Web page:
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I´m trying to run an old .NET application from an ASP.NET website. After reading the web and Stackoverflow (for similar problem) I come to the following code. The Problem is that I get always an error code (I am using administrator account just to testing purposes). If I run the exe manually it works ok.

private void Execute(string sPath)
{
    System.Diagnostics.Process proc = new System.Diagnostics.Process();
    proc.StartInfo.UserName = "administrador";
    string pass = ".............";

    System.Security.SecureString secret = new System.Security.SecureString();
    foreach (char c in pass) secret.AppendChar(c);

    proc.StartInfo.Password = secret;
    proc.StartInfo.WorkingDirectory = ConfigurationManager.AppSettings["WORKINGDIRECTORY"].ToString();
    proc.StartInfo.RedirectStandardOutput = true;
    proc.StartInfo.RedirectStandardError = true;
    proc.StartInfo.UseShellExecute = false;
    proc.StartInfo.FileName = sPath;
    proc.Start();
    proc.WaitForExit();
    string result = proc.StandardOutput.ReadToEnd();
    Response.Write(result + " - "  + proc.ExitCode);
    proc.Close();
}

}

The exitcode I get is: -1066598274 Result variable is empty. No exception is thrown I am using Windows 2008 with IIS 7.0

Thanks in advance,

Ezequiel

share|improve this question
    
forget to add, I am using W2K8 with IIS7 –  Ezequiel Jun 24 '09 at 16:03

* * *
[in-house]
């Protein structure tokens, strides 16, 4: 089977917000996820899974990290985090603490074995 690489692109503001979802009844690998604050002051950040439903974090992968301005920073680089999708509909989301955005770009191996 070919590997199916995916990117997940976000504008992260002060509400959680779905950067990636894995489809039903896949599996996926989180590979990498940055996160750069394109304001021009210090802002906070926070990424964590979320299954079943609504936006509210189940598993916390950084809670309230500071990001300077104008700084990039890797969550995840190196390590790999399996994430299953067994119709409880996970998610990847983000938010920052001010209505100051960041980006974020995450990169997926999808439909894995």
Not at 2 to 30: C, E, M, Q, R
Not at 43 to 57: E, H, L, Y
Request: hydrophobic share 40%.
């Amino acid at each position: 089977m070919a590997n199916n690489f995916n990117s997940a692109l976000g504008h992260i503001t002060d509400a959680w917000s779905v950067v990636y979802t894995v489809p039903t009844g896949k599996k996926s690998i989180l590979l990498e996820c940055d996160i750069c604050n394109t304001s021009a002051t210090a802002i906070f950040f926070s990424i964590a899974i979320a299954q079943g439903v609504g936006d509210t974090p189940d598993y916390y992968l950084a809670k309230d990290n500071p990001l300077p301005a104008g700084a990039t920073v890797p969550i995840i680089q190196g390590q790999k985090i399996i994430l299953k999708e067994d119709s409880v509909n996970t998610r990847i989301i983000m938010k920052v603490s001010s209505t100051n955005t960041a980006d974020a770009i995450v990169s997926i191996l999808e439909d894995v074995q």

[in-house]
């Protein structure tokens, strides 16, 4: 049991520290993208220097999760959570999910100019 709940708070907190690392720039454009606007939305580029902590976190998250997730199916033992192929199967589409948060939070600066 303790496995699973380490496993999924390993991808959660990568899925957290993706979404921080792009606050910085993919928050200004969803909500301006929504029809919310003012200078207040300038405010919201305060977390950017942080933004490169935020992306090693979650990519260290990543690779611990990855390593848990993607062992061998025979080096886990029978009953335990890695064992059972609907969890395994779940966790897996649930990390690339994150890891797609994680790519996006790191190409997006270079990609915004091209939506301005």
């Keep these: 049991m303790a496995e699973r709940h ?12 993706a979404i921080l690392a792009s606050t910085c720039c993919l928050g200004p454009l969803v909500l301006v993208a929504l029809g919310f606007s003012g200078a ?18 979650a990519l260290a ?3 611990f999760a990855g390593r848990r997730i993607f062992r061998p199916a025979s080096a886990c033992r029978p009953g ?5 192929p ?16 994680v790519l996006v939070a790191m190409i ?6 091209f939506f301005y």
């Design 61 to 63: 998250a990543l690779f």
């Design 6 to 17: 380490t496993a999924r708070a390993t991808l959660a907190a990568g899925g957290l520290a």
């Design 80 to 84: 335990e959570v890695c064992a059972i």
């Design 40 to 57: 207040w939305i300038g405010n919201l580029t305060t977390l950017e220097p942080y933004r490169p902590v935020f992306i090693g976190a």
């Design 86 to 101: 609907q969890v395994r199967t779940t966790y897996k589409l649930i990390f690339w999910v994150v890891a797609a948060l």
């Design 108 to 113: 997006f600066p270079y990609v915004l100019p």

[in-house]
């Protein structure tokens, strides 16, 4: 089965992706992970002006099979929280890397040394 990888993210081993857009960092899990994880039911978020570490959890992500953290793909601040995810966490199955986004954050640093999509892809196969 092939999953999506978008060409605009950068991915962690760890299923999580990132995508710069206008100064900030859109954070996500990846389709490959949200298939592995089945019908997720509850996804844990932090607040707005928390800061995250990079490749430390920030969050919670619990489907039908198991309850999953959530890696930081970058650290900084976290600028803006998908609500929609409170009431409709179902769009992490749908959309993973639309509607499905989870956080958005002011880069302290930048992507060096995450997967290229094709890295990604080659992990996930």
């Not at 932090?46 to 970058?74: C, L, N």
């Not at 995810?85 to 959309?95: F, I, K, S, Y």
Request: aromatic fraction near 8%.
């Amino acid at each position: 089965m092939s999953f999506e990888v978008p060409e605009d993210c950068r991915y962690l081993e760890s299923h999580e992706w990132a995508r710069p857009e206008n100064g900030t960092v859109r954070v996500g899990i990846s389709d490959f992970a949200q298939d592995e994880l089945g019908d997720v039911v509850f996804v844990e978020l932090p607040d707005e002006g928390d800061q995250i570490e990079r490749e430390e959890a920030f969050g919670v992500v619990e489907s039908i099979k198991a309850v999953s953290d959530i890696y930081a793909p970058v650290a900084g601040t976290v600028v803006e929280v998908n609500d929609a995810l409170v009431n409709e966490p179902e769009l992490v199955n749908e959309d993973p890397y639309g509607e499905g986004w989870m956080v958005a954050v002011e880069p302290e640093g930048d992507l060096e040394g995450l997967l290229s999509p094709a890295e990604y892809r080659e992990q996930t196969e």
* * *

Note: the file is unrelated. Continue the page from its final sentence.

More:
Please say what "error code" you get. Better still, post the complete exception, including all InnerException, by posting the results of ex.ToString() after you catch ex. –  John Saunders Jun 24 '09 at 16:03
    
Also, edit your question, don't leave comments. –  John Saunders Jun 24 '09 at 16:03
    
Do you mean ExitCode = -1066598274 ? –  Kev Jun 24 '09 at 16:23
    
I know this is extremely old, but you have "administrator" misspelled in your code, not sure if it would make(have made) a difference. –  turbo Dec 16 '11 at 17:01

8 Answers 8

up vote 0 down vote accepted

You may need to set the proc.StartInfo.LoadUserProfile property to true so the administrator's user profile stuff is loaded into the registry (AFAIK this does not happen by default).

Also, it might be educational to run a 'hello world' program to see if the problem is with actaully creating the process or if the process itself is having problems running in the context it's given.

Finally, as a step in trying to narrow down where the problem might be, you might want to run the ASP.NET process itself with admin or system credentials to see if something in the permissions of the account the ASP.NET instance is running under is part of the problem (but please do this only for troubleshooting).

share|improve this answer